I did not answer either Occupy or Tea Party. Both are essentially fictions of the media in terms of importance. One is a fiction of the left, the other a fiction of the right. The only thing influencing the election will be the economy, which will be predicated on the perception of whether Democrats are creating jobs fast enough or Republicans are blocking job creation. I am relatively convinced, given the lack of quality in the Republican ticket that the Democrats will carry another four years in the presidency.
—Lee Drake, CEO, OS-Cubed Inc.
The occupy movement would be more effective if they spent their time cleaning up the streets and vacant lots, fixing dilapidated property, helping the truly helpless and doing something positive for society and their country that allows them the freedom to demonstrate. The greed of Wall Street, the hedge fund managers, oil traders, union leaders, some business executives is obvious and just plain wrong and damaging to our nation. The occupy movement by doing nothing positive and in many cases ignoring the law, are equally wrong and damaging to our nation.
—Jim Weisbeck, Bloomfield
I believe wholeheartedly that the Occupy Movement has done an incredible service for our country in that the public debate is finally focused on the real issues people are facing. In 2008 the unregulated financial industry crashed the U.S. economy, and had it not been for the bailouts, it would have done irreparable harm to the world economy. For several years afterward, the scapegoats became public employees, unions, Planned Parenthood, NPR, etc. It is an incredible victory of this movement that people are once again thinking in terms of who are the real culprits and proposing tangible, long-term solutions to the lack of opportunity of economic equality.
—Holly Clements, Working Families Party
My answer to No. 1 is a qualified YES. They have a right to protest, however, they need to focus on the real issue, which is lack of job creation due to ineffective leadership—political and business. This isn't a “blame Wall Street” issue. They didn't solely create an environment that favors low-cost foreign products and the resultant loss of manufacturing in the United States. The protesters need to ask themselves if they shouldn't be picketing unions and companies like Wal-Mart. These two organizations are as much if not more to blame for our lack of jobs situation as the current targets of the protesters.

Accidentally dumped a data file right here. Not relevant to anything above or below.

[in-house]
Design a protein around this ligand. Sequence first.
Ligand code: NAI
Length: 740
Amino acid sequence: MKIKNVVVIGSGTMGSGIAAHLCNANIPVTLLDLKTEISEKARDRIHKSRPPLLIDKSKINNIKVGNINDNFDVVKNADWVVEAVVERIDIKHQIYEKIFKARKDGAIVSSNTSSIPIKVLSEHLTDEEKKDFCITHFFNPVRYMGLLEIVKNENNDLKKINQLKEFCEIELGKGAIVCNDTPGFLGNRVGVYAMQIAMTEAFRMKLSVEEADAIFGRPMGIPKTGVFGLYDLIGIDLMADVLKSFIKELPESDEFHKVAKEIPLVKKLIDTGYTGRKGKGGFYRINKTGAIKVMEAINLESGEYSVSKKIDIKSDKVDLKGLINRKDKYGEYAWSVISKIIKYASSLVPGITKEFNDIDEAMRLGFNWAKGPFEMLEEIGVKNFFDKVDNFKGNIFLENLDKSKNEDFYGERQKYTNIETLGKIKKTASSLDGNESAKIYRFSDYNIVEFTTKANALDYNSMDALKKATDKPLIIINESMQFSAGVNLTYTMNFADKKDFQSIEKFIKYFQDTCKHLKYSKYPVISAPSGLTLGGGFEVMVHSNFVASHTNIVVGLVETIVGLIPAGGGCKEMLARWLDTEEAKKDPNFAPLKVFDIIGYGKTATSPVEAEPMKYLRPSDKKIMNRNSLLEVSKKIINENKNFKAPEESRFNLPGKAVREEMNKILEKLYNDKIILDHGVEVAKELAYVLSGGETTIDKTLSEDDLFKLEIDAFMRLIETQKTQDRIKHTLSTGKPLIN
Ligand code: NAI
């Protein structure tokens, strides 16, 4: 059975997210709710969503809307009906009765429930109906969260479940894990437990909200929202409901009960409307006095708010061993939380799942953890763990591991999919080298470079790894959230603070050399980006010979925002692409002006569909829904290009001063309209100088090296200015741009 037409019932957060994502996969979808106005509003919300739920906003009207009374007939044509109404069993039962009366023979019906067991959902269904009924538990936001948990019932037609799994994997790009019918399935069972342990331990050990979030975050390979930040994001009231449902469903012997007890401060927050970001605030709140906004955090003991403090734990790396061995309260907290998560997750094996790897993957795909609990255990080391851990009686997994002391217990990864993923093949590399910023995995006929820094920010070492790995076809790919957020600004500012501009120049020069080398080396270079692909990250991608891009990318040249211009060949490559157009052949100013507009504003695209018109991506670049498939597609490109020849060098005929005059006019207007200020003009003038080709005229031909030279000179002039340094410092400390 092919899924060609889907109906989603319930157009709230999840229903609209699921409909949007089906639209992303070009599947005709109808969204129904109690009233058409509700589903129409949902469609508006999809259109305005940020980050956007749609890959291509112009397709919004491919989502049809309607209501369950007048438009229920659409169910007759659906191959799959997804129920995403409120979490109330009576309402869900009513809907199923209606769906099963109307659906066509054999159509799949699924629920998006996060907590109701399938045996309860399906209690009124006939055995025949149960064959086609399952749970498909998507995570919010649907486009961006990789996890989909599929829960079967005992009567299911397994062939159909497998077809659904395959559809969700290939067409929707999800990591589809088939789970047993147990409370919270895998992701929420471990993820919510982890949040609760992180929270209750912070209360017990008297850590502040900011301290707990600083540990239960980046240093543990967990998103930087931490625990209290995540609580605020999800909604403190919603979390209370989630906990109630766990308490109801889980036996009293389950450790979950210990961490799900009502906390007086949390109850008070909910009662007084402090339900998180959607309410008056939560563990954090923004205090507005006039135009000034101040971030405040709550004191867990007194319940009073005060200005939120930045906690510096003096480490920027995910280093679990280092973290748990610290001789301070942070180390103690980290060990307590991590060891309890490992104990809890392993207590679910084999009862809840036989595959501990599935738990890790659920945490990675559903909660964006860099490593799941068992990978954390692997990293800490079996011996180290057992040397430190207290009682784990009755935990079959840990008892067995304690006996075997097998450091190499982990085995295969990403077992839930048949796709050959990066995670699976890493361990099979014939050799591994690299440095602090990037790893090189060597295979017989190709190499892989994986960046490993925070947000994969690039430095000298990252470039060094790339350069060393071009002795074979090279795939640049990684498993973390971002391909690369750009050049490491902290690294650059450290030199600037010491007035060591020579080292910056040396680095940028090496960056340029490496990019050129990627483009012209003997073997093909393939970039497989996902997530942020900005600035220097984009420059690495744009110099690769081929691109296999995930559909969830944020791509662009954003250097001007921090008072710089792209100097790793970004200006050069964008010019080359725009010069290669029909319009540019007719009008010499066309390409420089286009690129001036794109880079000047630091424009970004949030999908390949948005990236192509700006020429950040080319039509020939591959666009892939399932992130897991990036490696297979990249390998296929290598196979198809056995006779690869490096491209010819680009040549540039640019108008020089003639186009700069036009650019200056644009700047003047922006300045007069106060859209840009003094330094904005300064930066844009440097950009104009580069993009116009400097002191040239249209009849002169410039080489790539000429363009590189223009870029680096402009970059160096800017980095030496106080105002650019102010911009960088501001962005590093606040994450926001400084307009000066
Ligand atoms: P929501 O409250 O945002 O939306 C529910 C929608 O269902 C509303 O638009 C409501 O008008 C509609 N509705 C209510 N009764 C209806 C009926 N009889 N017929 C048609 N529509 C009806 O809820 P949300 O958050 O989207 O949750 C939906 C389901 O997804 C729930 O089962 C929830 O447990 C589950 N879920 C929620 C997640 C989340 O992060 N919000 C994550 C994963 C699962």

I'd be more likely to support the Occupy Movement if I could understand the purpose. There will always be the wealthy, and there will always be the poor. The poor need support. The wealthy (don't deny it) spend their money. Somehow, some way, the wealth filters down to the rest of us.
—Lou Calarese, Applied Audio & Theatre Supply
Question No. 2 is flawed, in that it is entirely possible that both movements or neither movement will impact the 2012 presidential election equally. Much as my 99 percent heart hopes Occupy will get everyone talking the way the Tea Party has, the reality is that the Tea Party has got itself entrenched in the GOP, and so will inevitably influence the upcoming election! It is my hope that Occupy can remain focused on issues, not partisanship, and in my limited experience with ours here in Rochester, I doubt I will be disappointed. We need to think about raising each other up so that we can all be successful instead of grabbing what we can, no matter whose pocket we pick to do so.
—Cass Wheeler, unemployed since April 2010
Finally, a group of people who are angry at the right entities. Government didn't break our economy, corporate greed did. Simple as that.
—Aaron Abel, Working Families Party
This movement "Occupy Wall Street" is not a spontaneous gathering, but an organized movement of the anarchists and progressive left and the labor unions who are now participating and funding it. Unlike the Tea Party, which had a purpose of returning this country to a sound fiscal policy; following the founding fathers purpose of the constitution, and repealing intrusions to personal liberty by our government (e.g. cap and trade, Obamacare, etc.), these "Occupy Wall Street" demonstrators are a bunch of freeloading looters (a la Ayn Rand's Atlas Shrugged). Ignore them? No. Support them—Never! We must expose them for what they really are. A movement of the "have-nots," who want something for nothing from the government.
—Dennis Kiriazides, retired
The 1 percent owes me nothing. They should pay their fair share like everyone else. Hard work, perseverance, calculated risks and honesty will make you successful, not sitting in a park wondering about who owes you something.
—Mike Grant, Tele Data Com Inc.
The Occupy Movement would be all but eliminated if you were to remove those who pay NO income taxes, yet ask the "rich" to pay more income taxes. Shouldn't all income earners "pay their fair share"?
—Tom Shea, Thomas P. Shea Agency, Inc.